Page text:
Number 1 with a whole buncha bullets and some fists

"I flaunted before him my open groin, the path to his salvation!"

That's a direct quote from one of the books I'm featuring today. If you can guess which one, you win a wonderful prize -- the admiration of your peers! Yeah, it's not much, but it's within budget.

I been readin' some stuff. They're all #1's in their series-es. Hence my clever title. Here we go...

Code Zero #1: Speedball - D. A. Hodgeman (Gold Eagle, 1992)
First in a three-book series about DEA agents taking on drug cartels. In the opening chapters a pair of drug-lord brothers massacre a bunch of cops at a traffic stop and kidnap an officer named Carmelita Mrales, who's been shot in the head but is still alive. A DEA agent named Harry Wolfe tracks them down and is determined to rescue Carmelita. The pursuit of the ruthless cop-killers leads to the formation of a special DEA unit known as Code Zero, which has a license to kill or do anything else necessary to stop the drug lords. The action scenes are great, very realistic, and display a lot of firearms, ballistics, body trauma, and combat strategy knowledge. Hodgeman has done his homework and has a skill at describing detail that makes you see the scenes in slow-motion, and he goes over gunfights several times from the point of view of different characters so you get the action from all angles. It's an interesting technique, and the writing and plotting is far more intelligent and high-quality than you find in most action paperbacks. Good stuff.

MacMorgan #1: Key West Connection
- Randy Striker (Signet, 1981)
Written under a pseudonym by Randy Wayne White, who went on to become a big deal, this is the first in a seven volume series following the exploits of ex-Navy SEAL Dusky MacMorgan. Nicknamed because of nearly being killed by a dusky shark while on SEAL training, MacMorgan is a big blonde handsome action-hero stud, but other than that he's a little different than the usual. Most notable is the fact that the books are written in first person, and there are some odd quirks, such as Dusky's reminiscences of talking to Hemingway (while an orphan working in the circus). Dusky works as a charter boat captain in the Florida Keys until the perfect storm of vigilante-making hits him: his best friend is killed by drug smugglers who want his boat, and in settling that score Dusky finds out the head bad guy is an old nemesis from his SEAL days. Said nemesis then kills off Dusky's wife and two sons, and after that nothing is going to stop him. Armed with weapons from an underground arms manufacturer friend (including a poison dart pistol and a giant-mousetrap device that replicates a shark's bite) and a clearance from government agencies who need a guy like Dusky to be their troubleshooter, off he goes, kicking massive amounts of drug-dealin' ass. There are narrow escapes aplenty, an ever-escalating number of events that need avenging, and almost some sex -- every woman Dusky encounters tries to bed him but he's always too busy or gets interrupted. The writing's of a higher caliber than the usual action pulp and White keeps the pace relentless without sacrificing much in the way of character/setting/realism, and the ocean setting is nice. Good stuff.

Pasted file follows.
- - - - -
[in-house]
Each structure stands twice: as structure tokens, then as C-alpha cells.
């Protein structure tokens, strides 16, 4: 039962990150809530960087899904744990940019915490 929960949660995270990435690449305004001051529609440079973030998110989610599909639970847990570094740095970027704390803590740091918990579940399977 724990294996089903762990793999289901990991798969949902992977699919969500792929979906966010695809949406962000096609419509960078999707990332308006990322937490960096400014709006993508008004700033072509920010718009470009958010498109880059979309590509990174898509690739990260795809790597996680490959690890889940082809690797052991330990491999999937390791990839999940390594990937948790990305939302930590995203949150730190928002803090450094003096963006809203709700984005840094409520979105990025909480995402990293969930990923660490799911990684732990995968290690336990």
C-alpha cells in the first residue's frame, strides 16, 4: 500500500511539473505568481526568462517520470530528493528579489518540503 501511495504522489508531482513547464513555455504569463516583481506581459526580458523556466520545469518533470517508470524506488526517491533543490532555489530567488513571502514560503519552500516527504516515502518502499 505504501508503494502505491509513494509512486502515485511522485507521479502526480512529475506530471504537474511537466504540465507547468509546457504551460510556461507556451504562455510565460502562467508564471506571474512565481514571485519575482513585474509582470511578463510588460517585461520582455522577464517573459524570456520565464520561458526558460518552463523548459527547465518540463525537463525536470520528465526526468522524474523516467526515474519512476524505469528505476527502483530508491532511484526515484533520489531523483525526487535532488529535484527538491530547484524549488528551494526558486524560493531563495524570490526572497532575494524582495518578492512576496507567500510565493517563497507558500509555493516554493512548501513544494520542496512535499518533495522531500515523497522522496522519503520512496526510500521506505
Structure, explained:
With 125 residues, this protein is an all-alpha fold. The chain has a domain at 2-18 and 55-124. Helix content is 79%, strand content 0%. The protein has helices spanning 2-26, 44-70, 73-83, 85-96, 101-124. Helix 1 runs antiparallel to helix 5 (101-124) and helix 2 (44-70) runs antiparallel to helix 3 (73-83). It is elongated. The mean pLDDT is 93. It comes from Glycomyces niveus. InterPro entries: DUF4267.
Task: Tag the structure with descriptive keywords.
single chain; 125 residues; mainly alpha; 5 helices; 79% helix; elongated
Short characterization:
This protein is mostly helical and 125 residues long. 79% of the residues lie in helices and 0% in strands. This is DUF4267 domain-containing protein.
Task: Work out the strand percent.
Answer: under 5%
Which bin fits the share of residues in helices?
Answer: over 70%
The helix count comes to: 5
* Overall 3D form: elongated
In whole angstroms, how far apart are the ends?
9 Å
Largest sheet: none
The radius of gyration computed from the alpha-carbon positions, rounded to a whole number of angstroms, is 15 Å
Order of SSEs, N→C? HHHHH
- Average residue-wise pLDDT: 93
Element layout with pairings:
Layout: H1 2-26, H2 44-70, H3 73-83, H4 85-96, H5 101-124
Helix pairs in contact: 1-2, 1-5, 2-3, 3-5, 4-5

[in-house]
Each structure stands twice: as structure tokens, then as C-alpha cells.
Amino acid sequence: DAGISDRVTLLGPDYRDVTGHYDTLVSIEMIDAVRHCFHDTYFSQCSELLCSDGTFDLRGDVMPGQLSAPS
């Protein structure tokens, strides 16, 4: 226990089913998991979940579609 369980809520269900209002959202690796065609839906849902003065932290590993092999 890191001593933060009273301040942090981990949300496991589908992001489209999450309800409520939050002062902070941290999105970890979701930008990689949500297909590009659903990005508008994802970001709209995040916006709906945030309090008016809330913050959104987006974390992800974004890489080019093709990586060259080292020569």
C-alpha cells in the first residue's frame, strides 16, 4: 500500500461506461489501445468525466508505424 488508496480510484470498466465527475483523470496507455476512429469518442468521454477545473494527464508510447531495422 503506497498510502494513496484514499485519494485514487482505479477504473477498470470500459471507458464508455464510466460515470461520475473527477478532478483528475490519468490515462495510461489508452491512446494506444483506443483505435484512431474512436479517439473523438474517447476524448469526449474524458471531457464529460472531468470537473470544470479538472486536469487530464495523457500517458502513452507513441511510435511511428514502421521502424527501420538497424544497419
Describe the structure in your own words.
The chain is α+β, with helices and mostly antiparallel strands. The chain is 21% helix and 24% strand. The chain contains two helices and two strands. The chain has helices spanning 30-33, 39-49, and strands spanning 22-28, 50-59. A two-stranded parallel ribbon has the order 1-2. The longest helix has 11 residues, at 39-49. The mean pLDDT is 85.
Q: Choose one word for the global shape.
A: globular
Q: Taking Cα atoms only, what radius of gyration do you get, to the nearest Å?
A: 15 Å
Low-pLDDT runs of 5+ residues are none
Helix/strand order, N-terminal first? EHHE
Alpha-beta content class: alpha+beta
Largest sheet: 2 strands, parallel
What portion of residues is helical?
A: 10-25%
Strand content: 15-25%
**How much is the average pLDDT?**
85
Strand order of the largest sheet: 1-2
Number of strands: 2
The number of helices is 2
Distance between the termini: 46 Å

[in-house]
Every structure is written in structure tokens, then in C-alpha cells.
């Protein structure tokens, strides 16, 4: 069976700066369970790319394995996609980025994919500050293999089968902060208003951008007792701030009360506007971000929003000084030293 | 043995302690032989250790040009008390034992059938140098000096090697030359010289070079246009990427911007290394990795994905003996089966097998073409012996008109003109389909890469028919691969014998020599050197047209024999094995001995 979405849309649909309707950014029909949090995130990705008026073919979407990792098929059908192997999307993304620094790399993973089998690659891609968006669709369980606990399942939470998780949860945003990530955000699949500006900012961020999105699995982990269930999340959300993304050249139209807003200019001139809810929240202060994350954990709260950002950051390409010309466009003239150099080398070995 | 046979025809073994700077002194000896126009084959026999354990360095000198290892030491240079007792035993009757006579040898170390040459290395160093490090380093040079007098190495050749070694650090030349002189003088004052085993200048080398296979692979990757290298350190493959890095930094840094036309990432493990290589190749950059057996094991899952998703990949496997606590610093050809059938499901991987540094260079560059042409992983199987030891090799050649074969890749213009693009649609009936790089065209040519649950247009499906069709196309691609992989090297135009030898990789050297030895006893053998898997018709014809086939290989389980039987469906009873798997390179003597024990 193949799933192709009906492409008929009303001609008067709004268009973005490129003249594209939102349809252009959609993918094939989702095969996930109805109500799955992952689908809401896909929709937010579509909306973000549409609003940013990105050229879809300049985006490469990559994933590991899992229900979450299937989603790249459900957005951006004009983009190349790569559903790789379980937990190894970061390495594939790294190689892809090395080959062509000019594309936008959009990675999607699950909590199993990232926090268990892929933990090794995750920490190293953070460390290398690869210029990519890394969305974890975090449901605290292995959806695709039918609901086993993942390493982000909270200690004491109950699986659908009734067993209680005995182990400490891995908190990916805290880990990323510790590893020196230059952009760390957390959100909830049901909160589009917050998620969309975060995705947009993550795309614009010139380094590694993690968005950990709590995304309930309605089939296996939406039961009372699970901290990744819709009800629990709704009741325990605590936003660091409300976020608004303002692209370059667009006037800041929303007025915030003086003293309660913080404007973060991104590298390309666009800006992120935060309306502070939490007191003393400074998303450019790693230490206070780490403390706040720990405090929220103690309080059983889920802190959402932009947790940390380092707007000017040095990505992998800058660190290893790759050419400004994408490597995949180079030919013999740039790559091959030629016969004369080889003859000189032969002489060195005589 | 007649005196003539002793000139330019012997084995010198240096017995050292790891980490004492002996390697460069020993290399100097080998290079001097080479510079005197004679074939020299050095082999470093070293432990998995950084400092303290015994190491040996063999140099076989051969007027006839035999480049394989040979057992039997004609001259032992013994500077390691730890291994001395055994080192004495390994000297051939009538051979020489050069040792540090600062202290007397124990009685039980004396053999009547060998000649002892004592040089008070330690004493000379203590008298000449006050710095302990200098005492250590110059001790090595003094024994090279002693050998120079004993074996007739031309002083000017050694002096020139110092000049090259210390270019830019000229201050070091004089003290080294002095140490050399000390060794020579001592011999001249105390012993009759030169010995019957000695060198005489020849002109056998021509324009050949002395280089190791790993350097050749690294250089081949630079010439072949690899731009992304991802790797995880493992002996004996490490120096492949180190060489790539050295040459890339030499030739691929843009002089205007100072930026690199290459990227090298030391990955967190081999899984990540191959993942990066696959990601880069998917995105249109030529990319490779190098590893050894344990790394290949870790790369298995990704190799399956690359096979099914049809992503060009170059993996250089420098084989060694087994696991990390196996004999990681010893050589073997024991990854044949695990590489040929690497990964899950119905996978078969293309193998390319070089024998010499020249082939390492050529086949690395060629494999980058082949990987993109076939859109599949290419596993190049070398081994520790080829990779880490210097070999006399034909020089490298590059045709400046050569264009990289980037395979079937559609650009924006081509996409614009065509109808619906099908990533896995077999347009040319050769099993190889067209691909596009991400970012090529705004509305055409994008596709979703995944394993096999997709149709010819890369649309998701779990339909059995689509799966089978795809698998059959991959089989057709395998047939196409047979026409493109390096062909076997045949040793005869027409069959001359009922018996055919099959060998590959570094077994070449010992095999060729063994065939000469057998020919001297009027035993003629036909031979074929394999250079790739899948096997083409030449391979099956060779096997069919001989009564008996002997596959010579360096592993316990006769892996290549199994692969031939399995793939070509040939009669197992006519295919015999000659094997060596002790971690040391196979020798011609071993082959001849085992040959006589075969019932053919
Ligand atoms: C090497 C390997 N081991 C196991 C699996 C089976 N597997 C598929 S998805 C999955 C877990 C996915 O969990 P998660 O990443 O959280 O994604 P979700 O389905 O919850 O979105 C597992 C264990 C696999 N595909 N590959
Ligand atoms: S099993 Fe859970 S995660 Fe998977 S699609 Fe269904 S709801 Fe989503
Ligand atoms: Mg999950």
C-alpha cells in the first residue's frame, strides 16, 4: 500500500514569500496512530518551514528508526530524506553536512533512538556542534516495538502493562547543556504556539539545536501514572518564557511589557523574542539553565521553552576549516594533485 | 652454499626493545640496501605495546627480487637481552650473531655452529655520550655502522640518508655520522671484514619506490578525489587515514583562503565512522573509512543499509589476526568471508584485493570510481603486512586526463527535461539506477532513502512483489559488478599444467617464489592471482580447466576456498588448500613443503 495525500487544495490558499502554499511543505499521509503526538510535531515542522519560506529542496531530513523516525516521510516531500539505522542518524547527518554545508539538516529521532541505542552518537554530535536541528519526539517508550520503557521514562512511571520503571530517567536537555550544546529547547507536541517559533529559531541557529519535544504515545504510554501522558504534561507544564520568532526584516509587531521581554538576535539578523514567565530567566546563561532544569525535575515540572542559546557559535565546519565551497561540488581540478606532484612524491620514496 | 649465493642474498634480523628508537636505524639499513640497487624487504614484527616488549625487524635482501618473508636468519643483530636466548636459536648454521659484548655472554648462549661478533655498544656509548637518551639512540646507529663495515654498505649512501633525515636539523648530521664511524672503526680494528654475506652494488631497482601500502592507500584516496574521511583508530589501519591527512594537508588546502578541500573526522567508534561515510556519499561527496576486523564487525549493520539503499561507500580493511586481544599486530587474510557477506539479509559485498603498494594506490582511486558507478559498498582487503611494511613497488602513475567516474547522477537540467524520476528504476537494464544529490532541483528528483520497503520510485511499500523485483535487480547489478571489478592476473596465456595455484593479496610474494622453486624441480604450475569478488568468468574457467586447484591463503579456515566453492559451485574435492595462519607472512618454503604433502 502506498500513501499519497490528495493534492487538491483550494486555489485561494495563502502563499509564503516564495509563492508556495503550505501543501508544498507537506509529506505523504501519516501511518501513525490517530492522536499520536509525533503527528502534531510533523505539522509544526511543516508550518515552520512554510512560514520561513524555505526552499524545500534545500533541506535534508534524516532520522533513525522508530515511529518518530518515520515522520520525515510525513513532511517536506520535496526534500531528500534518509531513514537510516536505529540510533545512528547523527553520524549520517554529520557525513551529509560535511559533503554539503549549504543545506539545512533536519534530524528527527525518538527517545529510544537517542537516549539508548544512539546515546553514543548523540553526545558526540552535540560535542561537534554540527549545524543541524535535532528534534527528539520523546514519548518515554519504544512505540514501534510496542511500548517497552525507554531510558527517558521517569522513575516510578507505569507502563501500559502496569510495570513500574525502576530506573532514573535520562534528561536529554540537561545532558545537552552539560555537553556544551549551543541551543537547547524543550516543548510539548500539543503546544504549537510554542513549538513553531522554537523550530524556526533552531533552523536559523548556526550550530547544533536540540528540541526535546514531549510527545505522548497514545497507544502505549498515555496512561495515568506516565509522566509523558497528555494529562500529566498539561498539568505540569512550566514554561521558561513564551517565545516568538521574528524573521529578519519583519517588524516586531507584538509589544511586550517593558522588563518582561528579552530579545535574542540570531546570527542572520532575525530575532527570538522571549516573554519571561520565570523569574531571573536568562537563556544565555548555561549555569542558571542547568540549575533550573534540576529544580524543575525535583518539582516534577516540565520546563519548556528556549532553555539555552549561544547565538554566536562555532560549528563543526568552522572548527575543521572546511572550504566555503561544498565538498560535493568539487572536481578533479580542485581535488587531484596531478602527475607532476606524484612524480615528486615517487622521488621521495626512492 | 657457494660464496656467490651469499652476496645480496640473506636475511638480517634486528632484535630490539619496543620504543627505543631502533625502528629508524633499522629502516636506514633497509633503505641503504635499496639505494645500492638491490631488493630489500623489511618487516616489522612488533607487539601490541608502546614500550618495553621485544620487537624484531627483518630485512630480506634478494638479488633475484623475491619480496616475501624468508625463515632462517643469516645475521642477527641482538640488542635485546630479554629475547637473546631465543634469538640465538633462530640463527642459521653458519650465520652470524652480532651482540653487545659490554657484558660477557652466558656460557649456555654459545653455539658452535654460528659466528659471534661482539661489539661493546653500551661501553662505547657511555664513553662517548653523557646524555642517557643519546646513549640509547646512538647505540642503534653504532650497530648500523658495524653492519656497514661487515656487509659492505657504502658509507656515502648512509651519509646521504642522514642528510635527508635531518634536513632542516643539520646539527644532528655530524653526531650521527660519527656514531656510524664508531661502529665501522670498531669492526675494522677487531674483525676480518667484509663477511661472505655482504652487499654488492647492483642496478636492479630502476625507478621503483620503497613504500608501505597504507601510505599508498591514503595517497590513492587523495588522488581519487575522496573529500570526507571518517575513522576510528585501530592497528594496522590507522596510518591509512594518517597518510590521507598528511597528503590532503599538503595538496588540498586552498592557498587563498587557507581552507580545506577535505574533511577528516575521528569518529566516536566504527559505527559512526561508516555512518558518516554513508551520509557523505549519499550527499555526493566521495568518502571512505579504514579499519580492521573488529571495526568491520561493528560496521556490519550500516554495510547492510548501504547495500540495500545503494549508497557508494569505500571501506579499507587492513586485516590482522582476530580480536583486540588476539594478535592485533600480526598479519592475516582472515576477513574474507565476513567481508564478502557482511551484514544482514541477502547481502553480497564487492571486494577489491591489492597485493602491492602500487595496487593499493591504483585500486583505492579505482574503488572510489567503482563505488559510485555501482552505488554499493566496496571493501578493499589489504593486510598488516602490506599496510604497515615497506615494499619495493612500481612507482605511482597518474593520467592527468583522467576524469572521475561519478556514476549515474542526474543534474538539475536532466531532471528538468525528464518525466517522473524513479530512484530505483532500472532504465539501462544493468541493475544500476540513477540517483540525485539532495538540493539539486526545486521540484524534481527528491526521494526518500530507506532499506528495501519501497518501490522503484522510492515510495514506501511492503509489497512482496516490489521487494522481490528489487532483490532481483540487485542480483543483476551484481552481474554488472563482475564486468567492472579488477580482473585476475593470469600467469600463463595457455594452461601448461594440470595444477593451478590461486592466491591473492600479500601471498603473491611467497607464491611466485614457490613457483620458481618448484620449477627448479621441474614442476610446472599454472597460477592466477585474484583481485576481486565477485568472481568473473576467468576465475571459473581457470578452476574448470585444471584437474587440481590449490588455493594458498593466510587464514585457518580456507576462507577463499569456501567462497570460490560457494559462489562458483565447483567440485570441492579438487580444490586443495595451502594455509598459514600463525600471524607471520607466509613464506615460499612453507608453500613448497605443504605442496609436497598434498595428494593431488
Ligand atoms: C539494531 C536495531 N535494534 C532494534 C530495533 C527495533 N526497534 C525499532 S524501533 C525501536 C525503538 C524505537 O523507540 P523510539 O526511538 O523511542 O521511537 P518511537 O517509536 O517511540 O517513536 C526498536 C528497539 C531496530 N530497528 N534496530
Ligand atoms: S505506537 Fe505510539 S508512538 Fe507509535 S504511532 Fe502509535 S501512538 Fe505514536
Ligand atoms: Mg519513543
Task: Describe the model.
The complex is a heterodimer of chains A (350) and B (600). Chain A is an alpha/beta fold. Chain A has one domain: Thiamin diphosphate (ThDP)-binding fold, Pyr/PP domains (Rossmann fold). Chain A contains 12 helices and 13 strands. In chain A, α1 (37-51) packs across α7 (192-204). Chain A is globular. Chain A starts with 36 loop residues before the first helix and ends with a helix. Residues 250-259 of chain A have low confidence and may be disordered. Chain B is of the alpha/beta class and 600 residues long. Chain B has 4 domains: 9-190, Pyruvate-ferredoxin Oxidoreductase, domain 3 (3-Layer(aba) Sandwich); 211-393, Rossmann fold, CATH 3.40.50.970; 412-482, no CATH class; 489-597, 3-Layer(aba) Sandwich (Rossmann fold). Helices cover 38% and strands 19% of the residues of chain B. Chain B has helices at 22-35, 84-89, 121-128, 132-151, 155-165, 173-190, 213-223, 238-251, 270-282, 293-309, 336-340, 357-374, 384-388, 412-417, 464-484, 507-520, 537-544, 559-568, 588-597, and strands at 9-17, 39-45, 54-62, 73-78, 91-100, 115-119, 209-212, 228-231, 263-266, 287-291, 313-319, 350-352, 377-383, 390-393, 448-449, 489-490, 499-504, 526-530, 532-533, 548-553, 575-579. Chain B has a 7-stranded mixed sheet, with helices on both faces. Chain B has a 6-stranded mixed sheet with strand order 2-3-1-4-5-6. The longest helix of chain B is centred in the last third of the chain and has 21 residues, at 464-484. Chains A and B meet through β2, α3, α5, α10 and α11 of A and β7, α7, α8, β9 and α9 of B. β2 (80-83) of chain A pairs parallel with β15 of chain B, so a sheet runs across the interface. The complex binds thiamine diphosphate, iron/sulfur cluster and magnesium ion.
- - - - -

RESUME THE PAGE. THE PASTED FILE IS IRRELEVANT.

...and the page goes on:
Cutter #1: Panhandle Payback - Duff McCoy (Pinnacle, 1990)
I'd love for "Panhandle Payback" to be the title of a book about a butt-kicking homeless guy, but instead we've got a grimy Western that tries to out-violence the Edge series. It's strange that Pinnacle was competing with itself, since they were also Edge's publishers. A mean, emotionally-dead gunslinger named Cutter is out to kill the men who shot his Pa and branded him and sent him to hard labor in a prison ten years before. Of course, the guy he wants to kill has built up an army of gunmen so we'll have a bigger body count, but it's a cardboard one and even though the action in this book is pretty much constant, it soon becomes more tedious than badass. There's no attempt at characterization other than to establish that everybody's an asshole (except for a prissy dude artist who seems to be a decent guy but gets his hands chopped off for his trouble), and Cutter's so antisocial it's kind of mysterious how he manages to interact with anyone on even a basic level. I don't know how he even buys ammunition without killing somebody. Anything gross that can happen, does: loads of gore fly about, everyone vomits, everything stinks, and everyone's filthy. If that's the atmosphere you're looking for, then indulge. The writing is spare but full of period jargon (it's been a while since I heard anyone referred to as a "jasper" or seen anyone smoke a "quirly"). Not good, but bearable.

Roadblaster #1: Hell Ride
- Paul Hoffrichter (Leisure, 1987)